Just when you thought that understanding Godel’s incompleteness theorems were the most difficult questions you could face on your mathematics degree, along came an even more challenging one. What will you do if you have decided you don’t want to work in finance?
There is a perception that mathematicians only want (or are only qualified) to work in finance. But what if you instinctively know that financial services isn’t a sector that interests or motivates you – what are the realistic options for mathematicians?
The 2015 ‘What do graduates do?’ survey found that 42% of mathematics graduates were employed in finance, business and HR related professions 6 months after graduation. A significant number of mathematicians also progress to further study (20-40% over the last 4 years at the University of Warwick’s Mathematics Institute).
That still leaves a substantial number who work in a variety of non-finance industries. The analytical, problem-solving and logical thinking skill set developed on a maths degree is highly regarded. It is also extremely transferable and according to the Institute of Mathematics and its Applications (IMA):
‘…almost 2 million people now work in jobs where mathematical sciences qualifications are essential’ Where do mathematicians work?
A good time to be a mathematician…?
In terms of the variety of exciting roles potentially available, yes! In no particular order, here are 10 job roles to consider where the underpinning skills of a numerate graduate are highly relevant.
Unfortunately, I am one of the 3 out of every 2 people who do not understand fractions so I will leave it to this guide How maths is used in the workplace to illustrate how mathematical techniques and concepts are practically applied in some of these roles and industries.
‘The sexiest job of the 21st century.‘ Alas, it’s not careers guidance but data analytics. How business, for example, uses data analytics to understand their customers behaviour to inform future strategy has become increasingly influential. There are predicted to be thousands of jobs available in data analytics for the forseeable future, the 8% salary increase in this sector identified by an IT resourcing firm in 2016 testifies to the demand for people with big data expertise Experis survey
2. Transport modeller
If you think traffic lights and junctions are just randomly situated on our roads, think again. A transport modeller has painstakingly sifted through data to make predictions about their impact on traffic flows.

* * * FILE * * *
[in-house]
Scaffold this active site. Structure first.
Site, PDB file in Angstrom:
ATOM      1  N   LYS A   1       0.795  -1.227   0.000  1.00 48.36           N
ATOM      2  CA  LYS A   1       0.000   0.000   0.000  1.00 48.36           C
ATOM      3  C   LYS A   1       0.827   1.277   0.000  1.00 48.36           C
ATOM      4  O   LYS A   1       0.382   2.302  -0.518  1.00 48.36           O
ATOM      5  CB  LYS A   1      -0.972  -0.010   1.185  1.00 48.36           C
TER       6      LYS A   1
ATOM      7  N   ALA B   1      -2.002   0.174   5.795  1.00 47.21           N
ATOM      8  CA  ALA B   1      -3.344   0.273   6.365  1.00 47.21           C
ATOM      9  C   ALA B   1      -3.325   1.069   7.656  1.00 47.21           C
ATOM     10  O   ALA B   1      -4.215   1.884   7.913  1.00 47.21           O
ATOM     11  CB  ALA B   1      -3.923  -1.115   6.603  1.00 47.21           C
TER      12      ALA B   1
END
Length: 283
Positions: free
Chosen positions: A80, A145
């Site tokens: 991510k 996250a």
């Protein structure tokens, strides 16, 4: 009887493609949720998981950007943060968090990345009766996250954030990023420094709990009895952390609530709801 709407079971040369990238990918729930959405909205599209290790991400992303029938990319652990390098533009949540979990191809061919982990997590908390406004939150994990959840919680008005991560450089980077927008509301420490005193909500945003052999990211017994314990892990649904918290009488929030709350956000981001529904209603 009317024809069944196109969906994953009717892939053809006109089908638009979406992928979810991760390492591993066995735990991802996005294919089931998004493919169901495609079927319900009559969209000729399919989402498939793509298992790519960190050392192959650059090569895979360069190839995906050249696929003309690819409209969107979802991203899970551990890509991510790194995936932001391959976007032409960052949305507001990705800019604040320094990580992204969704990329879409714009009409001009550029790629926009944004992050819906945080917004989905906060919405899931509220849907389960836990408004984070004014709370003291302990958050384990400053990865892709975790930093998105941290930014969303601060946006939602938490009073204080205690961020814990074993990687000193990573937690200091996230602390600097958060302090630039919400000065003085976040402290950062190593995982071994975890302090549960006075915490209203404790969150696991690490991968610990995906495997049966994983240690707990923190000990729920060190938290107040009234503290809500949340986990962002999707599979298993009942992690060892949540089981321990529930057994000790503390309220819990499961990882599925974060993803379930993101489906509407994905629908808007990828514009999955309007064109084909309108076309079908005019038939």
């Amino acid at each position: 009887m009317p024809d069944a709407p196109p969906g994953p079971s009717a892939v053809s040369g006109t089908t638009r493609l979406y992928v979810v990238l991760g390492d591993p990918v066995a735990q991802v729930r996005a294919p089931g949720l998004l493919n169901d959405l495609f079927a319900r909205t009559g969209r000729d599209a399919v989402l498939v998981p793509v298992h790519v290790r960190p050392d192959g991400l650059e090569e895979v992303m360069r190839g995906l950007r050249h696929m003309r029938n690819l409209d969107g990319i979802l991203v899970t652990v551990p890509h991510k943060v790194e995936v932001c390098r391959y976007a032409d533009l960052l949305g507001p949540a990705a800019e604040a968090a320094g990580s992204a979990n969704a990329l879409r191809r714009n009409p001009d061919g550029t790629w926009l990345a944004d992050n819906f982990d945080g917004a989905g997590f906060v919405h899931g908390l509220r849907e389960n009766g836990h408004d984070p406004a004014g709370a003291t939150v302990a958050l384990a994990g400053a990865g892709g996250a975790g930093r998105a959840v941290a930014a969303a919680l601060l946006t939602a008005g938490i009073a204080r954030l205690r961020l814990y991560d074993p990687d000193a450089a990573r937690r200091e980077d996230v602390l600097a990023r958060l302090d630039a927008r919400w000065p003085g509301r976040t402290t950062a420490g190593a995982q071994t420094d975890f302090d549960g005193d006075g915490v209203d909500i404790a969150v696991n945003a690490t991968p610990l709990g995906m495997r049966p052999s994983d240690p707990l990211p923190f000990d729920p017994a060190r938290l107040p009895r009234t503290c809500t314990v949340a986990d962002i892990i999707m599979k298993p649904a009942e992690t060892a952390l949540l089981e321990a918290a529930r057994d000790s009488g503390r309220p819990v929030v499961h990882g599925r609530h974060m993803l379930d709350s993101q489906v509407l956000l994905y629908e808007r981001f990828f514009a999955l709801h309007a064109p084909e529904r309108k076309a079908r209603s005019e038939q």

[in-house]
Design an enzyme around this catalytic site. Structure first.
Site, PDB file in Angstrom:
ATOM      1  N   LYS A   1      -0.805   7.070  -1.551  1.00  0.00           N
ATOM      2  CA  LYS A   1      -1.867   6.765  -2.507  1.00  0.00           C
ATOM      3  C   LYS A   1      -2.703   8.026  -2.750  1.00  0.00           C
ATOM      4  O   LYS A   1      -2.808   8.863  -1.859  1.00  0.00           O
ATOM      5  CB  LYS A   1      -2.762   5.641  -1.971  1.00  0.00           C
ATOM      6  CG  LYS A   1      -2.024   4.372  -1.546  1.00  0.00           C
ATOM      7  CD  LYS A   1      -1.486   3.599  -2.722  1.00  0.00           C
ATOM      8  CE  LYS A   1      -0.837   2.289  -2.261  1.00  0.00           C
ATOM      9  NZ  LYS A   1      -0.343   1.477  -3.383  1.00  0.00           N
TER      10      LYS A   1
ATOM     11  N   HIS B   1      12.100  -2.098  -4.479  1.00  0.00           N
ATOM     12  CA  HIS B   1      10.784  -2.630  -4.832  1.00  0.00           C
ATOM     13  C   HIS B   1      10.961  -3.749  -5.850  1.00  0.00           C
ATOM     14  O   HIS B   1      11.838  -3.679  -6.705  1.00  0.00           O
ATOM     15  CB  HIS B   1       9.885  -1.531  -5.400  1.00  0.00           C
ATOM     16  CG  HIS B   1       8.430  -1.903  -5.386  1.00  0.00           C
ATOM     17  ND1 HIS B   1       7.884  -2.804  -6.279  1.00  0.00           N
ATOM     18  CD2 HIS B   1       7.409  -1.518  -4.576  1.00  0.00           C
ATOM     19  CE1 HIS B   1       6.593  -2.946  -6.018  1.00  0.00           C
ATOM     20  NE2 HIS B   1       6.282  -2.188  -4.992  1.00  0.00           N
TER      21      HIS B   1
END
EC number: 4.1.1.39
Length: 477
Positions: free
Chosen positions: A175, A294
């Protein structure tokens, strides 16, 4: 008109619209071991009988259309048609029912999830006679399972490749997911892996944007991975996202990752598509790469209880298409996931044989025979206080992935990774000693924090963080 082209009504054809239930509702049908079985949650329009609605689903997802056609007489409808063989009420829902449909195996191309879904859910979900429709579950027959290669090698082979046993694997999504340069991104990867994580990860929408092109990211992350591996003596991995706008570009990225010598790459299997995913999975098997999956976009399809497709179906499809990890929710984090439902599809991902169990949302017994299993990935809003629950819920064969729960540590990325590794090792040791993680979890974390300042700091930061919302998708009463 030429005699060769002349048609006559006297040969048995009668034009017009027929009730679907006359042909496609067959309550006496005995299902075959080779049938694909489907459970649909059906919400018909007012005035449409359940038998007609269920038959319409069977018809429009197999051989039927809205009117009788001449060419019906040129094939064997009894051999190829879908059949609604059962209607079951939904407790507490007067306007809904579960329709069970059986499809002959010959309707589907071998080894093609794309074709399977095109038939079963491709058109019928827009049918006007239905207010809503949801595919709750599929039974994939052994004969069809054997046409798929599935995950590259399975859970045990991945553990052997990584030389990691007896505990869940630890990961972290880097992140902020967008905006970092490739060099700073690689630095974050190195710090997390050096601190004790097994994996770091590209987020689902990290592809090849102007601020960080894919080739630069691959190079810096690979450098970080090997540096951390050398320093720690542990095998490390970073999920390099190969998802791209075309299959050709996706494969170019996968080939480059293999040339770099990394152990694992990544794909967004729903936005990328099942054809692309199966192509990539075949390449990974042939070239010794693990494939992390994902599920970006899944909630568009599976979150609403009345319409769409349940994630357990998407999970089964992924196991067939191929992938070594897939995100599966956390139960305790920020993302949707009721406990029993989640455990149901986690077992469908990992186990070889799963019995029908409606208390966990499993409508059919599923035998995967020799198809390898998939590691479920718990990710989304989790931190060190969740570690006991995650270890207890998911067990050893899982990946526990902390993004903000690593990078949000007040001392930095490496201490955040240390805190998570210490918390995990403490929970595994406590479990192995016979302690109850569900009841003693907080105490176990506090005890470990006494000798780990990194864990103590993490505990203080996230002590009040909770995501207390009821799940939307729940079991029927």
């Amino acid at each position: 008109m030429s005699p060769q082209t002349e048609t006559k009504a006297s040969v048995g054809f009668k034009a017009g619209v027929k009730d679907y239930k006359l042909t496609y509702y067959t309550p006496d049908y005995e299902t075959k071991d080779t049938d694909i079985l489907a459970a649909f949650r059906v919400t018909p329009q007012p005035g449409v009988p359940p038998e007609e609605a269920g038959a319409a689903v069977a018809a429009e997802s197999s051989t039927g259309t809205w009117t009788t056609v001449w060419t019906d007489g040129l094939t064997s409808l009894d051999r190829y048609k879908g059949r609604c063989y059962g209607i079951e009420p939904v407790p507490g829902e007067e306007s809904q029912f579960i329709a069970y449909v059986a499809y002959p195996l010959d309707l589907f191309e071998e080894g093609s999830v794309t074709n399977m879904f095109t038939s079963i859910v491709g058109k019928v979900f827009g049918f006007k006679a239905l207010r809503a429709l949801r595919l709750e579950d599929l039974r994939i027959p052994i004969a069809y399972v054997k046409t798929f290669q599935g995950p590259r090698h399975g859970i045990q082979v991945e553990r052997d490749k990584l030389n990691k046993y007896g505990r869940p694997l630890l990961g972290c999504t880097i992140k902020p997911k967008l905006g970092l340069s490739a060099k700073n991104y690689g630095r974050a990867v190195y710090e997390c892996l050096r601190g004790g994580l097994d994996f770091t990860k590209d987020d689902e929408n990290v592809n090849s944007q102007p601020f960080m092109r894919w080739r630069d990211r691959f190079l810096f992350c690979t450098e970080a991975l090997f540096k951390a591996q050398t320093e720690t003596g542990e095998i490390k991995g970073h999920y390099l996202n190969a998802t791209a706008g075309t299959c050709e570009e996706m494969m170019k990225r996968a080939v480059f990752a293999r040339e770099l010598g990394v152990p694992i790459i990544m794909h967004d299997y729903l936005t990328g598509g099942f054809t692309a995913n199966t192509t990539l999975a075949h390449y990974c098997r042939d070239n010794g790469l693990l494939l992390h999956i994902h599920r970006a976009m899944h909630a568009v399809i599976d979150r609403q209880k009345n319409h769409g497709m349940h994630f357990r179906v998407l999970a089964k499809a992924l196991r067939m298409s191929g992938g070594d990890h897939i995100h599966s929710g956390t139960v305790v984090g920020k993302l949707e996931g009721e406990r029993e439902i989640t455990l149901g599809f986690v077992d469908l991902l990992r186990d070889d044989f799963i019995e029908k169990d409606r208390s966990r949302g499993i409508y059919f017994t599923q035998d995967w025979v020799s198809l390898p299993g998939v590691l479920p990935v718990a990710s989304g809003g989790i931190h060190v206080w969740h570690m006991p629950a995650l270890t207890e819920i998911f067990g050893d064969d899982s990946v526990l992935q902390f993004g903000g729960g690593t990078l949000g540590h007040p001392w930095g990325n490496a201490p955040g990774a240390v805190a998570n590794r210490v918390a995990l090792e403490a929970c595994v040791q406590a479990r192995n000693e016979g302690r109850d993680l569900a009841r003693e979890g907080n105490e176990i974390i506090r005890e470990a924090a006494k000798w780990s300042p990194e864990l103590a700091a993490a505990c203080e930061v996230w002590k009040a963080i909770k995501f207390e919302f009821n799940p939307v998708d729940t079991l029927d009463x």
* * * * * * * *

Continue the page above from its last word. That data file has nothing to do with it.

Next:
What can I say? Well, not a lot actually given the Official Secrets Act. Suffice to say you will be using your analytical skills to solve problems. Try this sample aptitude test to increase your awareness of the skills assessed during the GCHQ recruitment process.
There is an acute shortage of mathematics subject specialists in secondary education. If you are passionate about inspiring others and want to use your degree in a very rewarding way, why not consider teaching? Bursaries of up to £27,500 are available through a variety of training routes Training to Teach
5. Operational Researcher
Operational research evolved during the second world war and the analytical techniques developed were subsequently applied in business and government and have become an academic discipline. If stochastic processes, simulation and heuristics float your mathematical boat this is a role where those techniques can inform decision-making. A glance at the exhibitors at the Operational Research Society’s careers open day in 2016 highlights the variety of organisations and business’ employing operational researchers. OR careers day
6. Sports betting consultant
There is a more reliable method of predicting the winner of the Grand National or the FA Cup than merely having a hunch or following your instinct. In the sports betting industry, modelling techniques are employed to forecast outcomes. If you are interested in the research in football betting, take a look at the preeminent paper in this field Dixon Coles model
7. The games industry
The mathematics used in the development and design of a game (algebra, discrete mathematics, trigonometry, calculus, linear algebra for example) is complex. How a character or an object moves in a game is determined by the application of mathematics and physics.
Data analysis is also an emerging trend in the industry (understanding how the user interacts with the game can help a studio develop the game to increase retention) and offers further opportunities for mathematicians. The games industry is competitive, one way to demonstrate your passion and skills and to differentiate yourself is to develop your own game. Unity – free game engine
A BBC survey in 2015 suggested that “at almost any moment in this country, at least a third of the population is either talking about the weather, has already done so or is about to do so” If you are one of the many people in the UK with a keen interest in the weather and you are also a mathematician, a career in meteorology beckons! What is the Met Office?
9. Civil Servant
Analytical skills, logical thinking and ability to solve problems…attributes developed on a mathematics degree. They will be highly valued in the variety of departments that a career in the Civil Service Fast Stream graduate programme could lead to.
Can you connect with people? Explain complex ideas and data in an accessible way? Could you answer the ‘how many people travel in the London Eye in one hour’ brainteaser question in an interview? If so, have you considered consultancy? Watch a candidate interview to gain insight into the consulting process Case Study interview
It doesn’t end there!
Remember that the majority of graduate employers do not require a specific discipline. There are so many more options, so start researching and reflecting to see where mathematics can take you.